The Court of Federal Claims held that, while it found the allegations by Schneiter to be credible and it was unfortunate that Schneiter found himself at "the mercy of the NGA's bureaucratic foot-dragging," there was no legal remedy in the Court of Federal Claims for Schneiter's claims. According to the court, for jurisdiction to lie in the Court of Federal Claims, Schneiter had to show that the statutes or regulations allegedly violated by the NGA were money-mandating. In other words, the court said, the statutes and regulations identified by Schneiter had to hold the United States monetarily liable for inaccuracies in the tax information provided by the NGA. The court concluded that Schneiter failed to satisfy this jurisdictional requirement.

The court noted that Schneiter excerpted statutes, regulations, and DoD instructions that address, in some detail, PCS entitlements and, more generally, the administration of travel allowances for DoD employees. However, the court observed, those references to the administrative obligation placed upon DoD component agencies did not address, with any specificity, the accuracy of the tax information provided to employees.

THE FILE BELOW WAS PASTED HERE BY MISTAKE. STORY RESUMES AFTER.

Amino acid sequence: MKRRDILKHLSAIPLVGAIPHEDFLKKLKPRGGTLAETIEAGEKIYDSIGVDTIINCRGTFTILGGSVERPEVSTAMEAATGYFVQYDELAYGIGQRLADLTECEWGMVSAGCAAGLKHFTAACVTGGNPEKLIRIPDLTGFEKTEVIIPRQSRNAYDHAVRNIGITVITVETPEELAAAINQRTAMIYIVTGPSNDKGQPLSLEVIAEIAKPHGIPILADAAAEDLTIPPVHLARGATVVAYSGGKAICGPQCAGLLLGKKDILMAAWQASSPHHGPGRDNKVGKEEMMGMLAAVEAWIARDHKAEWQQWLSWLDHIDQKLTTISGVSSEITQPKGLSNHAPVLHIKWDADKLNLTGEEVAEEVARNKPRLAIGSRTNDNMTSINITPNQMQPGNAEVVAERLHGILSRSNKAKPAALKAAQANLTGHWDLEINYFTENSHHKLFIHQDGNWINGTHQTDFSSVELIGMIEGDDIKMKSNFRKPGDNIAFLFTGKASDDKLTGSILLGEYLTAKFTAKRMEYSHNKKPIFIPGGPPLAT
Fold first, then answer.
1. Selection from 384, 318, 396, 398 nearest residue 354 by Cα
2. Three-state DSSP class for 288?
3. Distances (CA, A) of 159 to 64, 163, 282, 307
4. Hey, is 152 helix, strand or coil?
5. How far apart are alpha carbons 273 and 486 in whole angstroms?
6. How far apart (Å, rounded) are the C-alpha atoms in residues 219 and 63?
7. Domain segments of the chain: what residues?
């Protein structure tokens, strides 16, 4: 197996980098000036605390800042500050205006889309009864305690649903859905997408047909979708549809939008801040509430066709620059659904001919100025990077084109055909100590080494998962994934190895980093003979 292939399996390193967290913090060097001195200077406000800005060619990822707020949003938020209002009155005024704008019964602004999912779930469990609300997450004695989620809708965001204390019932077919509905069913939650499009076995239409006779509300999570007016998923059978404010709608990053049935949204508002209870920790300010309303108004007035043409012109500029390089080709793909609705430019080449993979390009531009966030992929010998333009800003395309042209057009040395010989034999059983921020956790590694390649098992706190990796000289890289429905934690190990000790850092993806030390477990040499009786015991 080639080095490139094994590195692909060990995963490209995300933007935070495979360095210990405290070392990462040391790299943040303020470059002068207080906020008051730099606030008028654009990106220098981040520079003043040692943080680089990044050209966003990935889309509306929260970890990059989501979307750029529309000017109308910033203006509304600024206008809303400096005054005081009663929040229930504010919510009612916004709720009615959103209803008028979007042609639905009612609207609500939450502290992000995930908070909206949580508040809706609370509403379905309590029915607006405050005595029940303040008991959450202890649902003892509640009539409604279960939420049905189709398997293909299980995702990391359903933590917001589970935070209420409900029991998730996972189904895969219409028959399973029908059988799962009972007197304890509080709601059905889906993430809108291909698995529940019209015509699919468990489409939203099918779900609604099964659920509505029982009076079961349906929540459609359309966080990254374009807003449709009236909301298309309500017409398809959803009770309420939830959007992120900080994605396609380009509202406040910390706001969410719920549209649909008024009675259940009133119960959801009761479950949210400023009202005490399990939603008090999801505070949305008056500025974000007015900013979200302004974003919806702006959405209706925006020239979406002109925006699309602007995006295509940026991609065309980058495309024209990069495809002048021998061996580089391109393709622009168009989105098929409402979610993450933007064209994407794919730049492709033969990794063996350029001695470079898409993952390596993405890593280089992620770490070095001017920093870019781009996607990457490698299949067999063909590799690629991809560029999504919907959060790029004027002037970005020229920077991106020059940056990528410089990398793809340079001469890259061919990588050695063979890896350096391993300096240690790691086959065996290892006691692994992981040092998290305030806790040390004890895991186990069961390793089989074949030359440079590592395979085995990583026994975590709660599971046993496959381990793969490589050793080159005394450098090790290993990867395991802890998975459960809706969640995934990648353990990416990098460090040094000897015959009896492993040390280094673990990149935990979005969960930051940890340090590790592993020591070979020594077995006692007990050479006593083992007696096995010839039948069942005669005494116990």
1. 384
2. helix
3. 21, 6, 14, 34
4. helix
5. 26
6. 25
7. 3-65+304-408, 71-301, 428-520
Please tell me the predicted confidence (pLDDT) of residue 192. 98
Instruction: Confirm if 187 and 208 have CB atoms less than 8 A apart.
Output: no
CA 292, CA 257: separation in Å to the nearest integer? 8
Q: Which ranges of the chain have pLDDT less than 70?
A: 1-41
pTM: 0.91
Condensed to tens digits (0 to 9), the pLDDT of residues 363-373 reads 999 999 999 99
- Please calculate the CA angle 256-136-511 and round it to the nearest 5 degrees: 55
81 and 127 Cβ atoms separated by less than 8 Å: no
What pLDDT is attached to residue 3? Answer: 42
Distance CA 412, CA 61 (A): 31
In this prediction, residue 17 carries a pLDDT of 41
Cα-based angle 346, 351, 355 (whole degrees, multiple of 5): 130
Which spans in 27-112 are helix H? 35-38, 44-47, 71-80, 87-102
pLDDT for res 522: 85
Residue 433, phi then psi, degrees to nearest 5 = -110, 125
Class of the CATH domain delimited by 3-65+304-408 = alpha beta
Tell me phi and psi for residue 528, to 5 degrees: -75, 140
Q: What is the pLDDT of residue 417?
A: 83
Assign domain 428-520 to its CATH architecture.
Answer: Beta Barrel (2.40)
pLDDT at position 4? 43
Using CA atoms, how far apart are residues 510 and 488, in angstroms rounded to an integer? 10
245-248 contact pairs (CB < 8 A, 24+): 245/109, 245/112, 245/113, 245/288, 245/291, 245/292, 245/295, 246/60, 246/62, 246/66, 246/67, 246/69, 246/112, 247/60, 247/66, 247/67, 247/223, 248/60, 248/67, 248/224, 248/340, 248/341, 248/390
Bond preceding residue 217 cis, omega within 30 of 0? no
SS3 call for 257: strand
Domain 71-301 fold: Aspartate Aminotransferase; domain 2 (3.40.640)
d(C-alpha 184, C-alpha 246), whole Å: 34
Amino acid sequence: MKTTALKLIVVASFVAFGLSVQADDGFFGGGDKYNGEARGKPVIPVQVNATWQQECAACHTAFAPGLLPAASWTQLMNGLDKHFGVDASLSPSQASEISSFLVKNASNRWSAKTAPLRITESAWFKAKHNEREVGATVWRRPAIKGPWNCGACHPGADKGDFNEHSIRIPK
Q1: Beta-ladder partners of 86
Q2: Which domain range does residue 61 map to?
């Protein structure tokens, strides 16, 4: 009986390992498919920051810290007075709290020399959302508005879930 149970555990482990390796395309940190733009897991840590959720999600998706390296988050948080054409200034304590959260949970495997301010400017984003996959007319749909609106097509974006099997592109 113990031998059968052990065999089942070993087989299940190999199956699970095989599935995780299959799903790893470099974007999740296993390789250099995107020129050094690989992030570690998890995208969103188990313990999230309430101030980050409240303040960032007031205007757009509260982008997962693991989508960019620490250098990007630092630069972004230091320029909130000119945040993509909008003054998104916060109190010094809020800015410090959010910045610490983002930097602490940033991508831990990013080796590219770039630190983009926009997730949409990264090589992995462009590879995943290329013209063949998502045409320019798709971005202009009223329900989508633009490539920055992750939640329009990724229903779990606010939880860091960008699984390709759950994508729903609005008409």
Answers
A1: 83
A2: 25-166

Disclaimer: This publication does not, and is not intended to, provide legal, tax or accounting advice, and readers should consult their tax advisors concerning the application of tax laws to their particular situations. This analysis is not tax advice and is not intended or written to be used, and cannot be used, for purposes of avoiding tax penalties that may be imposed on any taxpayer. The information contained herein is general in nature and based on authorities that are subject to change. Parker Tax Publishing guarantees neither the accuracy nor completeness of any information and is not responsible for any errors or omissions, or for results obtained by others as a result of reliance upon such information. Parker Tax Publishing assumes no obligation to inform the reader of any changes in tax laws or other factors that could affect information contained herein.